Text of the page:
Radical Infrastructure: Self-hosting Contacts and Calendars
No matter what advocacy issue you focus on, every effective organizer and organization needs to know who they’re working with and what’s happening when. Even apolitical organizations need an address book to remember email addresses or phone numbers and a calendar to plan their time and coordinate meetings or events with others. So it’s no surprise that most successful organizations maintain and manage at least some digital contact information and calendaring data.
Given its priority importance, however, who’s doing what when and where is also some of the most sensitive information that activist groups collect and maintain. This type of information—Yahoo! users’ buddy lists, GMail contacts, and Facebook event RSVPs—was and still is among the most aggressively targeted for dragnet collection by government spy agencies like the NSA. No wonder using pseudonyms, nicknames, or code names is common practice as a low-tech method of obscuring at least some of this information from adversaries who might be, and probably are, eavesdropping right now!
Rather than resigning in preemptive defeat and abandoning all the benefits that digitally-enhanced coordination can offer us, we can learn to protect our address books and calendars from snoops and spies. In the process, we’ll also become increasingly nimble and efficient as our ability to utilize these basic Information Technology techniques in turn enhances our ability to coordinate amongst ourselves and amongst allied organizations. “Data entry,” event promotions, and other tedious, time-sucking work can be delegated to our machines, without immediately trading away our privacy and our comrade’s information for the privilege.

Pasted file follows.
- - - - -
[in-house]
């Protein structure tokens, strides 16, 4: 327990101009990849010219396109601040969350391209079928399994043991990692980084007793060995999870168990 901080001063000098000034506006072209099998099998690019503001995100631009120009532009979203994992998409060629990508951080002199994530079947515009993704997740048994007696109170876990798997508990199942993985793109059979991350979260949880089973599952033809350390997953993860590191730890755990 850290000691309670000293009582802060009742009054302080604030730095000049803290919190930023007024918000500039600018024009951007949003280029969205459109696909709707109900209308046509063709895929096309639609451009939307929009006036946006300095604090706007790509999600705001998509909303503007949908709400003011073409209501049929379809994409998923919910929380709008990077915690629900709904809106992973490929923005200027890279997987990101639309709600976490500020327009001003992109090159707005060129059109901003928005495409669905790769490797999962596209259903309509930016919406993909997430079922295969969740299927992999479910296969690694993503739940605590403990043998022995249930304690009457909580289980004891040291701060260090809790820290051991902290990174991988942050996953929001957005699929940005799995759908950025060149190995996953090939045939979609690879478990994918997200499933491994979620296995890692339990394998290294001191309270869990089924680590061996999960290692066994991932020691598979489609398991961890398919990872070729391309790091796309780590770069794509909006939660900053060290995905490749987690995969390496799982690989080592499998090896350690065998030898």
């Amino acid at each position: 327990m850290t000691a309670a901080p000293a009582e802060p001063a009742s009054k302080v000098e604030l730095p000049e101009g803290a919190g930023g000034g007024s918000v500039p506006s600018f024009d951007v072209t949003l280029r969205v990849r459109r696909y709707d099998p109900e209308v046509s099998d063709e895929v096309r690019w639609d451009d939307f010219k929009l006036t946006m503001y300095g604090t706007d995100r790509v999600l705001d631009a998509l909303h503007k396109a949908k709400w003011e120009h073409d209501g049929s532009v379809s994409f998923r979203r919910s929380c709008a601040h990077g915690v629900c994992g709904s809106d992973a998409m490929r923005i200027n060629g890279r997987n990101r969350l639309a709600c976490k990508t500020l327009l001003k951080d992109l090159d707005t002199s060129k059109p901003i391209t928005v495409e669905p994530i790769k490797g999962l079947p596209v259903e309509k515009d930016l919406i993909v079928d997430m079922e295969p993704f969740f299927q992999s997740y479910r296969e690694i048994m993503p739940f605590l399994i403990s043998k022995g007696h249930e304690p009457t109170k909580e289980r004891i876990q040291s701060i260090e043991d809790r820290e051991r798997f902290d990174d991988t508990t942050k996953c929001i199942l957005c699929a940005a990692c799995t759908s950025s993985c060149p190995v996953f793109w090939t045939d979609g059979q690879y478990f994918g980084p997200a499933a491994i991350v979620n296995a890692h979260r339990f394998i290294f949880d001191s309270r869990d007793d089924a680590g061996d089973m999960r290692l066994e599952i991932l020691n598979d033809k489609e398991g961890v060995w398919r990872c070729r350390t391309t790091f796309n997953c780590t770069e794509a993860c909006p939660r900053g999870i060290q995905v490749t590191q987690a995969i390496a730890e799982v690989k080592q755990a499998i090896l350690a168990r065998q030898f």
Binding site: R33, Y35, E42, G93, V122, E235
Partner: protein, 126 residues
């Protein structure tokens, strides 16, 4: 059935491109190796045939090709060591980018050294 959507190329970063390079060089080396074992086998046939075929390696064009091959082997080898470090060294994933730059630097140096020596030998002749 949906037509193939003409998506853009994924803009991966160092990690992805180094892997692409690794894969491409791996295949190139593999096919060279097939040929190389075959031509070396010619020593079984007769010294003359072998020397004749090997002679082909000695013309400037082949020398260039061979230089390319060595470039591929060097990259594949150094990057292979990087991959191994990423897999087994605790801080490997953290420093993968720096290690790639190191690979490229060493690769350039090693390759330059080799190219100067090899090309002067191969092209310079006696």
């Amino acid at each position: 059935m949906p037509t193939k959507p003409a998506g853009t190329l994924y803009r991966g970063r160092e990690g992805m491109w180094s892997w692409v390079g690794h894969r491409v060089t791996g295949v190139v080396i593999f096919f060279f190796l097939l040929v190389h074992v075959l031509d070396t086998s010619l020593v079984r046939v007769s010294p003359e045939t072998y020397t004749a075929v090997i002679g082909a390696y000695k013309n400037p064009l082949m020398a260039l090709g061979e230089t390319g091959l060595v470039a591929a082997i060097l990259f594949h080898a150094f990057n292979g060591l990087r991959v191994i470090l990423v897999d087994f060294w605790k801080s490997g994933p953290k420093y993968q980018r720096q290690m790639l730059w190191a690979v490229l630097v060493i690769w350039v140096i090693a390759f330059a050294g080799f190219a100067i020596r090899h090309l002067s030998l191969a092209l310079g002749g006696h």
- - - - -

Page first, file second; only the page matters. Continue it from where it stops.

To learn how this is possible, we’ll take a deep-dive into self-hosted contacts and calendaring applications. You’ll learn about data interchange formats such as vCards and
.ics files, along with networking standards such as the CardDAV and CalDAV protocols, which are all freely available and widely deployed in businesses and governments today. In fact, these are the very same formats and standards that tools like Google Calendar are built on. Instead of corporate services, of course, we’ll use Free Software applications running on our own physical servers to demonstrate the advantages that self-hosted services and owning your own data have to offer.
Upcoming “Radical Infrastructure: Self-hosting Contacts and Calendars” Events
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